‘Missionaries of Mercy’ are priests sent by Pope Francis to be ‘welcoming, loving, and compassionate confessors, who are most especially attentive to the difficult situations of each person’. They are granted the authority to pardon even those sins reserved to the Holy See. On Ash Wednesday, the Missionaries of Mercy will be sent forth during a celebration in St. Peter’s Basilica. The Missionaries must be invited by individual diocesan bishops within their particular country to give missions or facilitate specific initiatives organized for the Jubilee, with a particular attention given to the Sacrament of Reconciliation. In another section of the ‘Misericordiae Vultus’, the Pope powerfully appeals against organized violence and against those who are ‘advocates and accomplices’ of corruption. ‘I direct this invitation to conversion even more fervently to those whose behaviour distances them from the grace of God. I particularly have in mind men and women belonging to criminal organizations of any kind. For their own good, I beg them to change their lives… Do not fall into the terrible trap of thinking that life depends on money and that, in comparison with money, anything else is devoid of value or dignity. This is nothing but an illusion! We cannot take money with us into the life beyond. Money does not bring us happiness…Violence inflicted for the sake of amassing riches soaked in blood makes one neither powerful nor immortal… The same invitation is extended to those who either perpetrate or participate in corruption. This festering wound is a grave sin that cries out to heaven for vengeance, because it threatens the very foundations of personal and social life. Corruption prevents us from looking to the future with hope, because its tyrannical greed shatters the plans of the weak and tramples upon the poorest of the poor. It is an evil that embeds itself into the actions of everyday life and spreads, causing great public scandal’.
And finally, in the papal document, the classic themes related to the Jubilee are expressed, such as the ‘door’, pilgrimage, the granting of indulgences and the memory of martyrs.
As happened in 2000, the Jubilee will be celebrated not only in Rome, but also in all the other dioceses of the world. The Holy Door will be opened by the Pope at St. Peter’s on 8 December, and on the following Sunday in all the Churches of the world. Another novelty is that the Pope will grant the possibility of opening the Holy Door also in Sanctuaries, where many pilgrims will go in order to pray. With reference to the theme of indulgences, which implies the distinction between sin, guilt, penance and punishment, Pope Francis acknowledges the post-conciliar new interpretations. ‘God forgives our sins, which he truly blots out; and yet sin leaves a negative effect on the way we think and act. But the mercy of God is stronger even than this. It becomes indulgence on the part of the Father who, through the Bride of Christ, His Church, reaches the pardoned sinner and frees him from every residue left by the consequences of sin, enabling him to act with charity, to grow in love rather than to fall back into sin’.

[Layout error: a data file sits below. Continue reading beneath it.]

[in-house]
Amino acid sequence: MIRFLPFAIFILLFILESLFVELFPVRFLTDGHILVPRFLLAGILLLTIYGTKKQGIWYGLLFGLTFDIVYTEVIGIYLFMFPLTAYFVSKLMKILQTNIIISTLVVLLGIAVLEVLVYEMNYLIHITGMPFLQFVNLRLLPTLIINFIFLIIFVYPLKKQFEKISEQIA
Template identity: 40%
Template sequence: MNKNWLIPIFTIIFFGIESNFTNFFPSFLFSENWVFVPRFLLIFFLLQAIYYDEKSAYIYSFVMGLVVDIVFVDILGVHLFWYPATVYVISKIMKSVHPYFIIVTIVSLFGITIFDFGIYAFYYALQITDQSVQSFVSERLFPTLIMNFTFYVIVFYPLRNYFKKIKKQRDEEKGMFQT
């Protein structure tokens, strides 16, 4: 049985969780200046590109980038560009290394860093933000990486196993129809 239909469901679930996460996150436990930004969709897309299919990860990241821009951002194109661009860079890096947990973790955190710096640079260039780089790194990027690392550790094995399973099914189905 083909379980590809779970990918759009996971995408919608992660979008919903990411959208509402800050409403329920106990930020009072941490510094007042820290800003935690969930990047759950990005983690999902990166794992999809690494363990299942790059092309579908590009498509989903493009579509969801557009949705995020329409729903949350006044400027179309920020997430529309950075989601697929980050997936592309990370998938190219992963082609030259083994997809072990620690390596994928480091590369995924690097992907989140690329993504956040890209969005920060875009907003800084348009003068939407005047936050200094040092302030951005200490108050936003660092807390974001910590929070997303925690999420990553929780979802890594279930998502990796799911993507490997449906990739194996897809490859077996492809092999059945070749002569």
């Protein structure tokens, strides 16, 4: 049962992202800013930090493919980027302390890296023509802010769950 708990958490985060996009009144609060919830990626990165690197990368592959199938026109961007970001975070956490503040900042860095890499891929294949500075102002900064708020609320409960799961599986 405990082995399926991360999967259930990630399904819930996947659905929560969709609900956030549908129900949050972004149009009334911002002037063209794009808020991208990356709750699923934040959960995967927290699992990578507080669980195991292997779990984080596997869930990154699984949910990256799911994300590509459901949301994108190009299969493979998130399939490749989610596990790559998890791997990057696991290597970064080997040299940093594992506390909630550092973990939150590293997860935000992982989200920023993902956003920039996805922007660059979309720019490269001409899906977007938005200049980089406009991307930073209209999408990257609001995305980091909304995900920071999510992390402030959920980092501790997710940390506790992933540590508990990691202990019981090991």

In the document Pope Francis also mentions the relationship with Judaism and Islam: ‘There is an aspect of mercy that goes beyond the confines of the Church. It relates us to Judaism and Islam, both of which consider mercy to be one of God’s most important attributes… I trust that this Jubilee year celebrating the mercy of God will foster an encounter with these religions and with other noble religious traditions; may it open us to even more fervent dialogue so that we might know and understand one another better; may it eliminate every form of closed-mindedness and disrespect, and drive out every form of violence and discrimination’.
The tradition of Holy Years started 700 years ago. Since then, the Catholic Church has celebrated 26 Jubilees and of those, only three have been ‘extraordinary’ (including this one called by Francis), and about one hundred minor Jubilees. (G.L.)